China opens new doors in the Middle East

The State Department this week issued a report that once again rejects China’s claims to exclusive sovereignty over the South China Sea — the so-called “Nine-dash line.” It is the first such report to appear in several years and is yet another indication of Washington’s ongoing concern over China’s aggressiveness in East Asia. Ironically, on the same day that the report appeared, Beijing continued to fill the vacuum that the United States has been creating in the Middle East: In Damascus, the government of Bashar al-Assad announced that Syria has joined China’s Belt and Road Initiative, while in Wuxi, China, Beijing and the Gulf Cooperation Council (GCC) issued a joint statement calling for a strategic partnership, to include, among other things, an eventual free trade area.

Washington’s primary concern in the Middle East appears to be a revival of the Joint Comprehensive Plan of Action (JCPOA) with Iran. Beyond reaching a renewed nuclear arrangement with Iran, the Biden administration has made it clear that East Asia and Europe are its priority concerns. And both China and regional actors have not failed to take notice.

Syria’s interest in the Belt and Road Initiative has been driven by its vulnerability to American and European economic sanctions. As the government’s official mouthpiece, the Syrian Arab News Agency said “the initiative … helps open broad horizons of cooperation with China … including the exchange of goods, technology, capital, activating the movement of individuals, in addition to cultural exchange.”

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Several Middle Eastern analysts have pointed out that Chinese leaders are comfortable with dealing with another corrupt regime, and indeed one that has successfully resisted American efforts in support of regime change. Moreover, China is deeply concerned about the presence of members of the Uyghur independence movement in the Syrian city of Idlib, and what it perceives to be links between these individuals and Turkey. China’s relations with Turkey are quite brittle; China has publicly criticized Turkish operations in Syria and Iraq. Beijing looks to Assad to rid the Uyghur elements from Syria.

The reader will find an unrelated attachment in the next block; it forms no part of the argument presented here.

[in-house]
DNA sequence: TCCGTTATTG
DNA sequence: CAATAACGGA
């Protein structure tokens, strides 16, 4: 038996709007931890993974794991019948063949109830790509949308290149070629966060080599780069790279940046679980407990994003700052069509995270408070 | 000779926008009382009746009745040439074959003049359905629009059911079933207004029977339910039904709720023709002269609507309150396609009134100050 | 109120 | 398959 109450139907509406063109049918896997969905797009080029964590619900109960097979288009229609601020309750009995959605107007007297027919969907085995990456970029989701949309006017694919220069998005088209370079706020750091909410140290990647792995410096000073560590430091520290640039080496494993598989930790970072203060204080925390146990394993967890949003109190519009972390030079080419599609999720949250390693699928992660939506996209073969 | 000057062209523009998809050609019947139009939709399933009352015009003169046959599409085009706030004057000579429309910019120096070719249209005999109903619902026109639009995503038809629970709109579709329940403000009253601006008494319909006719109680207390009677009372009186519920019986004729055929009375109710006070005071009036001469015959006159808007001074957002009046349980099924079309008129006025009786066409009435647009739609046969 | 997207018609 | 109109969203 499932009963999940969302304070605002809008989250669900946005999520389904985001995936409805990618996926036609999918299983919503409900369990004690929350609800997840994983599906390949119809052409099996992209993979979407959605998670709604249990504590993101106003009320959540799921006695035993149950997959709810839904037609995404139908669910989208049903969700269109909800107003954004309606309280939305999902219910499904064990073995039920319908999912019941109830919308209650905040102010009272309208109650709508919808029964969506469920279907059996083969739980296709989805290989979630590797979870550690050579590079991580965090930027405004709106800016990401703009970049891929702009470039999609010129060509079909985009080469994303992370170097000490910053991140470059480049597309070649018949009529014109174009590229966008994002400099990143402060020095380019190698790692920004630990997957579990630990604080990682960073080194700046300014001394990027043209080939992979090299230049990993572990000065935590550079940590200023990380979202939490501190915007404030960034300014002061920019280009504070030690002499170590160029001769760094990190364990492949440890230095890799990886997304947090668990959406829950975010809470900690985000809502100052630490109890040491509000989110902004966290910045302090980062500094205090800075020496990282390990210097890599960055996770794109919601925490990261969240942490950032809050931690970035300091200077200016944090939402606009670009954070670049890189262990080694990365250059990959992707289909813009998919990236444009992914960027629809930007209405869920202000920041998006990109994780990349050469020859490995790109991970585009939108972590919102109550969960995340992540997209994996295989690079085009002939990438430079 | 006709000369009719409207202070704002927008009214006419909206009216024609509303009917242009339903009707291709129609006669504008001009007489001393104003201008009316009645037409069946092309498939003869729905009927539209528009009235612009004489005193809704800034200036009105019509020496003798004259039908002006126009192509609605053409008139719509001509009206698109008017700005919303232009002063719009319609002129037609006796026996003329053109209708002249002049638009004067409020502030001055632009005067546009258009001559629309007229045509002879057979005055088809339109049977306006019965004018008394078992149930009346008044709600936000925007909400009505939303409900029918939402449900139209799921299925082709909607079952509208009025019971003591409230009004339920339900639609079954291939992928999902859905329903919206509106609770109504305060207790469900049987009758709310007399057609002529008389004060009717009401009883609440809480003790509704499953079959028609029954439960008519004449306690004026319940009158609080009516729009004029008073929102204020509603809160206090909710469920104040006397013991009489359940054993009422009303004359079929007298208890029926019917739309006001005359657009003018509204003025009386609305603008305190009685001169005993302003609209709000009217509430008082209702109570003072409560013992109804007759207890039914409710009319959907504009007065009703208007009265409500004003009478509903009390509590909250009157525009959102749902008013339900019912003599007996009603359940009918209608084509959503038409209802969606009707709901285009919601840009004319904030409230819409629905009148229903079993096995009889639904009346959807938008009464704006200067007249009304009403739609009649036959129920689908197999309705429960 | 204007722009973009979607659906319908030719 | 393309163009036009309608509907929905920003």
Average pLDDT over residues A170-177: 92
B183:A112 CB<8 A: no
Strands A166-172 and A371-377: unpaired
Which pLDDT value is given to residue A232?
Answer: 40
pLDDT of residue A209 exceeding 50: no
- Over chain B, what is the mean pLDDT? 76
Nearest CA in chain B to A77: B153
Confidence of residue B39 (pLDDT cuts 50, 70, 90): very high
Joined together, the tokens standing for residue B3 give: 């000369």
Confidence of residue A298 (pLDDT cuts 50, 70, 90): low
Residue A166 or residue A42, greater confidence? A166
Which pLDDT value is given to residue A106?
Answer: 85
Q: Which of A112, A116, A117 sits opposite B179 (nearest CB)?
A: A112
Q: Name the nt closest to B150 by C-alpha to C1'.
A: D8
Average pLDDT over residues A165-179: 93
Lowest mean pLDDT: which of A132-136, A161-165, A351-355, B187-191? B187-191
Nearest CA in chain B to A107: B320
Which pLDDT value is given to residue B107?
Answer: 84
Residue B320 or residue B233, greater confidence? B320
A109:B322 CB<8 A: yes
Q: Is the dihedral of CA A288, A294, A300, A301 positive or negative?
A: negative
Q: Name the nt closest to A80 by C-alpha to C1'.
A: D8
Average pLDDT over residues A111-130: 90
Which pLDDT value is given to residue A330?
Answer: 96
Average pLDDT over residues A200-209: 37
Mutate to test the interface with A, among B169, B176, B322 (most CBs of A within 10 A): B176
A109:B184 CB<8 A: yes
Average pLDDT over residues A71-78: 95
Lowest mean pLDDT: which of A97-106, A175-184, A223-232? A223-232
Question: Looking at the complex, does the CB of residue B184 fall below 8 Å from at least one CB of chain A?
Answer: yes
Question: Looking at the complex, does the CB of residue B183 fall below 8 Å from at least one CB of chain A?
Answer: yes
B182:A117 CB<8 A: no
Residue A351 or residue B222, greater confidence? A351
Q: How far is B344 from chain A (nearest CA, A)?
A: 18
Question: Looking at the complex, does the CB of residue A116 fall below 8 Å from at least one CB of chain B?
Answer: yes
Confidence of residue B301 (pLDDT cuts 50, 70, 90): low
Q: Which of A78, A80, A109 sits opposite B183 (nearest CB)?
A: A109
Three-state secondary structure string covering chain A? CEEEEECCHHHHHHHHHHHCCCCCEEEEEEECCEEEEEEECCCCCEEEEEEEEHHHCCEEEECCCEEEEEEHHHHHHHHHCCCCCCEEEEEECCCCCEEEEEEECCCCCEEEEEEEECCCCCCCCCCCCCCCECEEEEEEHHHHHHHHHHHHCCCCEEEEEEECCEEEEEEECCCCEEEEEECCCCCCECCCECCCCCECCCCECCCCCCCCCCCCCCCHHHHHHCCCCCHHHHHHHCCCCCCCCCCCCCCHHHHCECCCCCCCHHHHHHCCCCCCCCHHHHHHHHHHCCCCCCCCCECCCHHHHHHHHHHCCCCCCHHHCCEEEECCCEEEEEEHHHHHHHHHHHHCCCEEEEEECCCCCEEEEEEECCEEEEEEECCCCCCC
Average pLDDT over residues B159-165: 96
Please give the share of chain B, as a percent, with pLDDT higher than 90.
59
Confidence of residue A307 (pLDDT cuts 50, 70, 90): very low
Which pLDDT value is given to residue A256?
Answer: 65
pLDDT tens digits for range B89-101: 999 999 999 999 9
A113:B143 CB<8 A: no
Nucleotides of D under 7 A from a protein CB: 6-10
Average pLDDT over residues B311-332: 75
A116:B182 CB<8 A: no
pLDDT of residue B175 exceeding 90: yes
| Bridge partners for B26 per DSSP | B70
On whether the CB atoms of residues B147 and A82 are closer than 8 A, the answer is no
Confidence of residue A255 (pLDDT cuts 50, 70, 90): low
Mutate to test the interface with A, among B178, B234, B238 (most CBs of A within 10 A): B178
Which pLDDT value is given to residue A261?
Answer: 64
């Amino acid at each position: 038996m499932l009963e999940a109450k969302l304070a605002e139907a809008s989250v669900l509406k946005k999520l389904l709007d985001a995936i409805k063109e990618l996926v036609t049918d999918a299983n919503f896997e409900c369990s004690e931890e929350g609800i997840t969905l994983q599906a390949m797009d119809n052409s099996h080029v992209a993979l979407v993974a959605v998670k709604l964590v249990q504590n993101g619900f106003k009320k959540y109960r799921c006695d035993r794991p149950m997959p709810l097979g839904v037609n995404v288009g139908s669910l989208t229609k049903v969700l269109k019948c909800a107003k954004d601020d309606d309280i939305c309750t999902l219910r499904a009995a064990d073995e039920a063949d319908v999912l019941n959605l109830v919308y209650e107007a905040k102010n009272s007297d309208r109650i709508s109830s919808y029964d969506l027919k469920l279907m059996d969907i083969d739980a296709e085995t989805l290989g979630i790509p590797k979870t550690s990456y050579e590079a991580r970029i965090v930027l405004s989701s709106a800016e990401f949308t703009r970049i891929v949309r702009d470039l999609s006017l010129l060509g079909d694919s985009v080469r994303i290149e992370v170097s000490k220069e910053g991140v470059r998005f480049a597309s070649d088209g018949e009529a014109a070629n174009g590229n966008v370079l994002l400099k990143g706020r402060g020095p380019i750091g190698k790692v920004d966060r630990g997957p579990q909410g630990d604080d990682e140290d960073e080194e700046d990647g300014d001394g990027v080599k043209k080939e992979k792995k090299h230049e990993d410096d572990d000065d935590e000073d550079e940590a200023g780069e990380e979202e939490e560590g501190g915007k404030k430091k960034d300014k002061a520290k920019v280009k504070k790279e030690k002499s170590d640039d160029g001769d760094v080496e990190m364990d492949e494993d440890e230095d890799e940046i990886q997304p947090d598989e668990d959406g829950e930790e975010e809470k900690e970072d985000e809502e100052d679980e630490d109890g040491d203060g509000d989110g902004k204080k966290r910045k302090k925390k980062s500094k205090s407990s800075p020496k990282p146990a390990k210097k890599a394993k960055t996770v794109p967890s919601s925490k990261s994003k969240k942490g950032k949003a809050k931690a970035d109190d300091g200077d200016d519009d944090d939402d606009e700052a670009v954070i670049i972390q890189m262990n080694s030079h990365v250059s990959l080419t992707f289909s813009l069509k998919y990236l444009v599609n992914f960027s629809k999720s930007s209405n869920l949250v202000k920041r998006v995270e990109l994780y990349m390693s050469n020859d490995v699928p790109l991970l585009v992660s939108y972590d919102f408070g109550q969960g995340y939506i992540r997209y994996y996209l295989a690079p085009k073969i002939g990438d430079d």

These reasons are secondary, however, to Beijing’s employing its traditional approach to penetrating economically weaker nations and then exploiting them politically. With Washington unlikely to support anything other than humanitarian aid to Syria, the door is open for China to have a major role in Syria’s reconstruction — and ultimately to expand its political influence in Damascus, as well.

Unlike Syria, the GCC states are certainly not economically weak. But they are increasingly uneasy about America’s reliability and will be even more so if Washington does reach a nuclear deal with Tehran. China’s pro-government Global Times reported GCC Secretary-General Nayef bin Falah Al-Hajraf as saying that “the GCC greatly appreciates China’s important influence and positive role in international and regional affairs.” The import of his statement is abundantly clear, and the fact that Nayef has been accompanied by the foreign ministers of Saudi Arabia, Bahrain, Kuwait and Oman indicates that he is not speaking simply on his own behalf.

The Biden administration recognizes that China’s threat is global, not regional. It has not acted consistently on the basis of that reality. While it has indeed moved Europe to restrict China’s access to its infrastructure, it has been far less active to assert its concerns in the Middle East. It is not merely a matter of stationing more or fewer forces in the region. More importantly, the administration must cease to signal that the Middle East somehow has become a lower priority for the United States. If it continues to do so, more regional doors will be open to a predatory China, with serious repercussions for America’s national security in the years ahead.

Dov S. Zakheim is a senior adviser at the Center for Strategic and International Studies and vice chairman of the board for the Foreign Policy Research Institute. He was under secretary of Defense (comptroller) and chief financial officer for the Department of Defense from 2001 to 2004 and a deputy under secretary of Defense from 1985 to 1987.